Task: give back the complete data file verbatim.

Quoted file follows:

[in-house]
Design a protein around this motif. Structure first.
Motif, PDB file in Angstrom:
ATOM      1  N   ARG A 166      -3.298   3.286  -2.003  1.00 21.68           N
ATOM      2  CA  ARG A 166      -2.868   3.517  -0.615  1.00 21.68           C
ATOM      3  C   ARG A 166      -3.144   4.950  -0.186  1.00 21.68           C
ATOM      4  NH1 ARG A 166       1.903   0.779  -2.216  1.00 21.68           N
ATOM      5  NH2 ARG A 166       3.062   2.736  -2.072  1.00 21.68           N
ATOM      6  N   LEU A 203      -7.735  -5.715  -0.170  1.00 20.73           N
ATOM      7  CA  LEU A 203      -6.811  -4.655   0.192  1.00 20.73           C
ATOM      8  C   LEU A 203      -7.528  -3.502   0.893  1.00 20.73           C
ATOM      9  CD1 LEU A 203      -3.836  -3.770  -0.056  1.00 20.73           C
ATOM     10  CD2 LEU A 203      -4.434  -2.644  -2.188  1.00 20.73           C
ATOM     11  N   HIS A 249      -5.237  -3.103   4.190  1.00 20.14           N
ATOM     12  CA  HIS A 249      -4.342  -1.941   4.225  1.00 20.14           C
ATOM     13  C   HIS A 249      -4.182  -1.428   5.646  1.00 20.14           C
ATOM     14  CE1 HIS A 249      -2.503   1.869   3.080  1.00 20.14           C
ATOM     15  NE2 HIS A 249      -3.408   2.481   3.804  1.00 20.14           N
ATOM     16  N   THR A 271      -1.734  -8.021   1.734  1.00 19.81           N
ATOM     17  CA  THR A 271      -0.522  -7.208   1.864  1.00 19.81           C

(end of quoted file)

[in-house]
Design a protein around this motif. Structure first.
Motif, PDB file in Angstrom:
ATOM      1  N   ARG A 166      -3.298   3.286  -2.003  1.00 21.68           N
ATOM      2  CA  ARG A 166      -2.868   3.517  -0.615  1.00 21.68           C
ATOM      3  C   ARG A 166      -3.144   4.950  -0.186  1.00 21.68           C
ATOM      4  NH1 ARG A 166       1.903   0.779  -2.216  1.00 21.68           N
ATOM      5  NH2 ARG A 166       3.062   2.736  -2.072  1.00 21.68           N
ATOM      6  N   LEU A 203      -7.735  -5.715  -0.170  1.00 20.73           N
ATOM      7  CA  LEU A 203      -6.811  -4.655   0.192  1.00 20.73           C
ATOM      8  C   LEU A 203      -7.528  -3.502   0.893  1.00 20.73           C
ATOM      9  CD1 LEU A 203      -3.836  -3.770  -0.056  1.00 20.73           C
ATOM     10  CD2 LEU A 203      -4.434  -2.644  -2.188  1.00 20.73           C
ATOM     11  N   HIS A 249      -5.237  -3.103   4.190  1.00 20.14           N
ATOM     12  CA  HIS A 249      -4.342  -1.941   4.225  1.00 20.14           C
ATOM     13  C   HIS A 249      -4.182  -1.428   5.646  1.00 20.14           C
ATOM     14  CE1 HIS A 249      -2.503   1.869   3.080  1.00 20.14           C
ATOM     15  NE2 HIS A 249      -3.408   2.481   3.804  1.00 20.14           N
ATOM     16  N   THR A 271      -1.734  -8.021   1.734  1.00 19.81           N
ATOM     17  CA  THR A 271      -0.522  -7.208   1.864  1.00 19.81           C